Bookmark   January 16, 2010 at 9:58AM
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oilpainter(3)

It helps to soak the roots a while before you plant. It will help them separate too.

    Bookmark   January 16, 2010 at 1:29PM
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spiced_ham(z5 OH)

I tried them last year, bought two bags and planted them inside in pots to get an early start (soaked them etc). Very few grew (30%?), and most of those were barely alive and didn't put out fruit last year. I ended up buying flats of pre started, healthy plants at the local nursery for a little bit more money.

    Bookmark   January 16, 2010 at 8:30PM
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tropical_thought(San Francisco)

Oh well, I wanted to feed my worms anyway.

    Bookmark   January 16, 2010 at 9:39PM
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donnabaskets(Zone 8a, Central MS)

tropical thought, the fact that you have bought these plants very early may boost their survival rate, since they haven't had too long to dry out. Separate them, soak them, pot them up and hope for the best. Good luck. :)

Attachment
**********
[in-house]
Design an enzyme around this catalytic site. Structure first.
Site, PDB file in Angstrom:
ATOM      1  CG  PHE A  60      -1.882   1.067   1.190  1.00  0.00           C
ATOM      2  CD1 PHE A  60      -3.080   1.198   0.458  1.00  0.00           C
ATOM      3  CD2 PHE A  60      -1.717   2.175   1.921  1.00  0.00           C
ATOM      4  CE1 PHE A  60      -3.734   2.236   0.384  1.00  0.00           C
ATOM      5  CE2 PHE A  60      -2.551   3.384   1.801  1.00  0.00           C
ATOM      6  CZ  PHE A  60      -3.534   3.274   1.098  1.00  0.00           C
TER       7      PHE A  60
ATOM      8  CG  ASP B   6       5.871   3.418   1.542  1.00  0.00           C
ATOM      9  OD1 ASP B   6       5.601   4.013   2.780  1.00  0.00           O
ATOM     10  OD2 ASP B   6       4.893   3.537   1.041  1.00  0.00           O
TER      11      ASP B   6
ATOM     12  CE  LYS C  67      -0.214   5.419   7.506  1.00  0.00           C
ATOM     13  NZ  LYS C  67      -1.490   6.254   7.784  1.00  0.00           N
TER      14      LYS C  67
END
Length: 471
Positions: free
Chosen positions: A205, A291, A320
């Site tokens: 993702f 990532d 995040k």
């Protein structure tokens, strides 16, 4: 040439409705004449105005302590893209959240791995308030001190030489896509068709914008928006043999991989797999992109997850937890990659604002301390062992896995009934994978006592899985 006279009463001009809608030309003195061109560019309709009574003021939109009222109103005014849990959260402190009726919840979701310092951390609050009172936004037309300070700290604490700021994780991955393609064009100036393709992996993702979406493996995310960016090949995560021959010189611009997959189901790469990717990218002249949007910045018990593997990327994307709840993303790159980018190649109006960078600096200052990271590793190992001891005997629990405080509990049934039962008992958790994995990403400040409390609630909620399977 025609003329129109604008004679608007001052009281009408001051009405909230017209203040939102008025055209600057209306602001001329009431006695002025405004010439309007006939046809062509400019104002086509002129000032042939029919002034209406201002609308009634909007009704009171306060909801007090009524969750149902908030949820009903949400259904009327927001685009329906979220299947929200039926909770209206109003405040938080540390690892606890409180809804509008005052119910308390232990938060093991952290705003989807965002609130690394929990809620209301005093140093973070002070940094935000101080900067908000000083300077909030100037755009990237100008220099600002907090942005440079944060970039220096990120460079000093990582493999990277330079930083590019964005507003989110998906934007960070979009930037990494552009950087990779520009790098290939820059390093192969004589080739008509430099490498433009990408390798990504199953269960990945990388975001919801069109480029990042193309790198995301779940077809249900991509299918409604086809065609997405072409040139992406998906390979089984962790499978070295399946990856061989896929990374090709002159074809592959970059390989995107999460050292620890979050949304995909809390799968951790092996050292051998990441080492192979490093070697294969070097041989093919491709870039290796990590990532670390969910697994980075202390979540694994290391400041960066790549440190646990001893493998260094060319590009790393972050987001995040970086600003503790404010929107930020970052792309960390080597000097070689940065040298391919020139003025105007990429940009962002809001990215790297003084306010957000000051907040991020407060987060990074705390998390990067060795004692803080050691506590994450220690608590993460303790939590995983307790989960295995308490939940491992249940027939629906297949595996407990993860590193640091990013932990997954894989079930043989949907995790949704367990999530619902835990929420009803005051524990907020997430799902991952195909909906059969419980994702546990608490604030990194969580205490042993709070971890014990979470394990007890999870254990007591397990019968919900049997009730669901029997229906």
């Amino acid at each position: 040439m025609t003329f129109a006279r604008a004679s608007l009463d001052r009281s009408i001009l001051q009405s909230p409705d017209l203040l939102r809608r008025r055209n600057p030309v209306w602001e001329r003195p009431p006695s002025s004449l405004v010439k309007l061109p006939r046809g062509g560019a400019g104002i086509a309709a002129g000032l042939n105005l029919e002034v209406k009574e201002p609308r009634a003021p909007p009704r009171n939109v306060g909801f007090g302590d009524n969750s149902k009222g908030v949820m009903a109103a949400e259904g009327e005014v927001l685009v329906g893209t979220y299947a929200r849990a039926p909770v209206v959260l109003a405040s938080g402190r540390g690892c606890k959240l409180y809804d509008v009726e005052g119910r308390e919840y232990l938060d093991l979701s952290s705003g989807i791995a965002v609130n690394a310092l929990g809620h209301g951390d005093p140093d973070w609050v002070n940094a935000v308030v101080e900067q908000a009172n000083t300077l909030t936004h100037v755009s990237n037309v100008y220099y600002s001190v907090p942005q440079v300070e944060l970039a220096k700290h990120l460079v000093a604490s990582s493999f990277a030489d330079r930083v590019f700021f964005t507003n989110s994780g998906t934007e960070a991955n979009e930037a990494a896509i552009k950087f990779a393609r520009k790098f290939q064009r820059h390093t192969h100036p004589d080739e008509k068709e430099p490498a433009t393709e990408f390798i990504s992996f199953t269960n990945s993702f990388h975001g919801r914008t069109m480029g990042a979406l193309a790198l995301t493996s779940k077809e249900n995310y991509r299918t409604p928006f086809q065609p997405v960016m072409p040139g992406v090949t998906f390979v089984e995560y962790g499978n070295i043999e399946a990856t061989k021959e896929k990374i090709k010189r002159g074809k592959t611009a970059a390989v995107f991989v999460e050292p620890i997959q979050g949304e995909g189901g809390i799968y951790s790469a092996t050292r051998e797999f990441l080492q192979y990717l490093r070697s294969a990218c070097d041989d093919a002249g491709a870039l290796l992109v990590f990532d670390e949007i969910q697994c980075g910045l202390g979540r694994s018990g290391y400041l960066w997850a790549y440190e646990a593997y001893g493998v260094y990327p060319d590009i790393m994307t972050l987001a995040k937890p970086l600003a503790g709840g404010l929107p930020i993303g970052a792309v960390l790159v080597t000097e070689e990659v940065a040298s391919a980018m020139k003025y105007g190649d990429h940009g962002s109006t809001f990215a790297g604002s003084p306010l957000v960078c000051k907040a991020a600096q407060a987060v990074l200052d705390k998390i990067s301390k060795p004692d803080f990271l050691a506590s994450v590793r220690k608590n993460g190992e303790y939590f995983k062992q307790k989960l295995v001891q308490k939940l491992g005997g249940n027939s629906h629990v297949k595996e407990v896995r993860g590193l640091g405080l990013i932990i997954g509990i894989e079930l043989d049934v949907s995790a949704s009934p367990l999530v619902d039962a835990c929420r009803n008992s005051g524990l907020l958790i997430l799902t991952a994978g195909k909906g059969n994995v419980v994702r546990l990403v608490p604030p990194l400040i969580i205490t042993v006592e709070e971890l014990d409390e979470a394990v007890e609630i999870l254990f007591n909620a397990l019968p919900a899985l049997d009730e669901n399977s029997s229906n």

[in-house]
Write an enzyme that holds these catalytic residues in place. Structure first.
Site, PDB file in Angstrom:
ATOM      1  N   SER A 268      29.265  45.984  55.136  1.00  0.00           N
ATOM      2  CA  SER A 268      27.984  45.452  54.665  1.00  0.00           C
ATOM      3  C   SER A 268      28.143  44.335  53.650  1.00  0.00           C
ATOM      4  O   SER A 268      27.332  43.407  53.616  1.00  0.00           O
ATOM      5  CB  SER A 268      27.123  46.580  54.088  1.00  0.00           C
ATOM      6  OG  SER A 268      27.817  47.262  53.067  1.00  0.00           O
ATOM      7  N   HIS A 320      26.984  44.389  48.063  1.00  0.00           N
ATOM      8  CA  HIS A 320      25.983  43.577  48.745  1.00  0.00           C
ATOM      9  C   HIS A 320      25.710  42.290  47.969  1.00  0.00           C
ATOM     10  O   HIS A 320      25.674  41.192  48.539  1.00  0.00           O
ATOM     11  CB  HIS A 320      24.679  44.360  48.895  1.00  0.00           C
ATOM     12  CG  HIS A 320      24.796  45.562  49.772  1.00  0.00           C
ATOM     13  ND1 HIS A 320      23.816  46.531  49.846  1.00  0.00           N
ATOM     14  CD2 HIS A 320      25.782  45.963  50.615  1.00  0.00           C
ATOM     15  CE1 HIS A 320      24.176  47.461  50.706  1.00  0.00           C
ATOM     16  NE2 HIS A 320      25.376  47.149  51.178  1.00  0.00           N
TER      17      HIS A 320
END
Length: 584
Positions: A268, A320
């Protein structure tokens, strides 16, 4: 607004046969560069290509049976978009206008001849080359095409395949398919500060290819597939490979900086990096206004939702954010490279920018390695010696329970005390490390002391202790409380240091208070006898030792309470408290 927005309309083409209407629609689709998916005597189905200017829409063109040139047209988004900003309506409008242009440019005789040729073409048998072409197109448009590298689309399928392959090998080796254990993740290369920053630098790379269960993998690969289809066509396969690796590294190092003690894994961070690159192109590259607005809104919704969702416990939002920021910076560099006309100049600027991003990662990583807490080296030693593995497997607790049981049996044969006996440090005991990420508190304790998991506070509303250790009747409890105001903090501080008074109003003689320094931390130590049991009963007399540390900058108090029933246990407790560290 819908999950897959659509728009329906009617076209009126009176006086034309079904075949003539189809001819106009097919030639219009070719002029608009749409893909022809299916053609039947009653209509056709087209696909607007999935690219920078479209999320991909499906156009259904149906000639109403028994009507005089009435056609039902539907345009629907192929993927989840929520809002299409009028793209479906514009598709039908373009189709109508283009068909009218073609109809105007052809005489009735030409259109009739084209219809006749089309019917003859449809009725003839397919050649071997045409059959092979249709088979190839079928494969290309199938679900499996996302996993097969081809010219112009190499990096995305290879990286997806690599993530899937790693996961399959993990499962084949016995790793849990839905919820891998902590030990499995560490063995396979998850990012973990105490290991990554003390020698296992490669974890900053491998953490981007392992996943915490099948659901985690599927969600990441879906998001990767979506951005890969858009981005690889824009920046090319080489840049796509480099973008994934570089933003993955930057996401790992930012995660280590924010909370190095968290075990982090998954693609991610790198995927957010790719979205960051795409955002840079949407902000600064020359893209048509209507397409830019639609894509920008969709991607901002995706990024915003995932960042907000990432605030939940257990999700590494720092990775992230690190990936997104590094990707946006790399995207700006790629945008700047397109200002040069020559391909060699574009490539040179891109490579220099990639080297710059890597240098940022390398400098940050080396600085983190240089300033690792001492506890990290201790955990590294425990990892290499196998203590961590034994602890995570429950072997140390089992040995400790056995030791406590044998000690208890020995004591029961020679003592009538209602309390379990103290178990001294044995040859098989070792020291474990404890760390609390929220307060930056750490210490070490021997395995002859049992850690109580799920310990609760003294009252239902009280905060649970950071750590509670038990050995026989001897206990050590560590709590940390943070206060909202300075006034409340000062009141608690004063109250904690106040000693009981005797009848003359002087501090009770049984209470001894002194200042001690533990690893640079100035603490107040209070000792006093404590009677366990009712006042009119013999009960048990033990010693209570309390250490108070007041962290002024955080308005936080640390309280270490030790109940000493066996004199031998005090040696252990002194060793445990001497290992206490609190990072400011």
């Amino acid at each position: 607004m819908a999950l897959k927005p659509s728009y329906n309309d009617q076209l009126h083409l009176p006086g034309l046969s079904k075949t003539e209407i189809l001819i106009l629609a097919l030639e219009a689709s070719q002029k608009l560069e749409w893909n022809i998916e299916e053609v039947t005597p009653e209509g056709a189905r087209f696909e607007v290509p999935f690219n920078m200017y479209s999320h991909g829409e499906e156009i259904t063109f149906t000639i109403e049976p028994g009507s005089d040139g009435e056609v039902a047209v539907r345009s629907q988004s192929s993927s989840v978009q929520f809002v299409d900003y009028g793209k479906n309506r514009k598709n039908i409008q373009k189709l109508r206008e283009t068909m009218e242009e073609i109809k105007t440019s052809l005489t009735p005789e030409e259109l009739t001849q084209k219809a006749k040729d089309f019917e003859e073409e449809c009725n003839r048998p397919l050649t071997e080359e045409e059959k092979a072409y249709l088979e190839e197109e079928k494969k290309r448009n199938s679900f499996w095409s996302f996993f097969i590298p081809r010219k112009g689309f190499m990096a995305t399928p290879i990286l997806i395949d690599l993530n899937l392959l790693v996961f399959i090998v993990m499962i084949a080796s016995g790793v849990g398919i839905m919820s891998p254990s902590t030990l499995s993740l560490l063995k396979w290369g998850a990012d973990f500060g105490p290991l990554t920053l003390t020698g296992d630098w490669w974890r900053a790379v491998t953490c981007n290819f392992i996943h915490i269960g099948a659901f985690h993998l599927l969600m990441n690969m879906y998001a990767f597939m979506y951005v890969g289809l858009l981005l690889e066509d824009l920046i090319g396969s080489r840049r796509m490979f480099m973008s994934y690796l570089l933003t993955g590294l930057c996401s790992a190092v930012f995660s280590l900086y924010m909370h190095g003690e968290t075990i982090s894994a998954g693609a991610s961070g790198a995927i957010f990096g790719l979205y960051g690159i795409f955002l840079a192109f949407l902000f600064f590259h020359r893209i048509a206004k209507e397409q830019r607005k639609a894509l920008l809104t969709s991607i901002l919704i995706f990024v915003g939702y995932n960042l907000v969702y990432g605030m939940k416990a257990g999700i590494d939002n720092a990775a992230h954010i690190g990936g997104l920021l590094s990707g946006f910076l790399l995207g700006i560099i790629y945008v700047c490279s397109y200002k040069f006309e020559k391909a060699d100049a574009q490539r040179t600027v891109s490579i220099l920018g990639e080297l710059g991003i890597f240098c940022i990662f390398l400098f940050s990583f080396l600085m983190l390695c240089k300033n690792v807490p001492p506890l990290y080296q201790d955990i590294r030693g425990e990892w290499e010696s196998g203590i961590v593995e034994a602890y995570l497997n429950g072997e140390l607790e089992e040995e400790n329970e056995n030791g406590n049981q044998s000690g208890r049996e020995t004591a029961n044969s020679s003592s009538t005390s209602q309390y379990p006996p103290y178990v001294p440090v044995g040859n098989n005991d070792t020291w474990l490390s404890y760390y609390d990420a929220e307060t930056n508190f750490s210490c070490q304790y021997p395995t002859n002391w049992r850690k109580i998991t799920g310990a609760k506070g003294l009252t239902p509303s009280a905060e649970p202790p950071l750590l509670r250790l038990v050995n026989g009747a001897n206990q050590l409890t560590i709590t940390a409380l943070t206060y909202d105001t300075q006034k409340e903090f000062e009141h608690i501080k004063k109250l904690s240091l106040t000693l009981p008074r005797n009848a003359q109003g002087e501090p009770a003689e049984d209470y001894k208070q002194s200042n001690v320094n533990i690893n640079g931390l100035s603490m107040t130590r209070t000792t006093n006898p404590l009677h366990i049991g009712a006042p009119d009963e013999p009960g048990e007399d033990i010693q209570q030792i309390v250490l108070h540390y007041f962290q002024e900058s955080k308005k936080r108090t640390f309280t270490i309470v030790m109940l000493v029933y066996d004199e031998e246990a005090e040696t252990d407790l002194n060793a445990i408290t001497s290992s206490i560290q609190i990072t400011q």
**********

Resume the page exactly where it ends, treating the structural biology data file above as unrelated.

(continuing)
Bookmark   January 17, 2010 at 9:12PM
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davidgreenthumb

I bought a bag, Ozark, maybe 6 in the bag with a rubber band. I planted them in a 12 hole pottery pot along with other strawberry plants, last years, that are in bloom on 1/16/10, nights are chilly, low 40's. They get afternoon sun. No new sprouts as of today. I have a feeling they will not due very well.

    Bookmark   January 26, 2010 at 8:55PM
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borderbarb

Lowes is very nice about taking returns. I bought two pkgs of strawberries ... just as you describe ... saw no sign of life in any of the roots that I separated. I will put back in bag and return that and unopened pkg. Then I will buy a few potted strawberry plants. I just really want to scatter them around in my garden.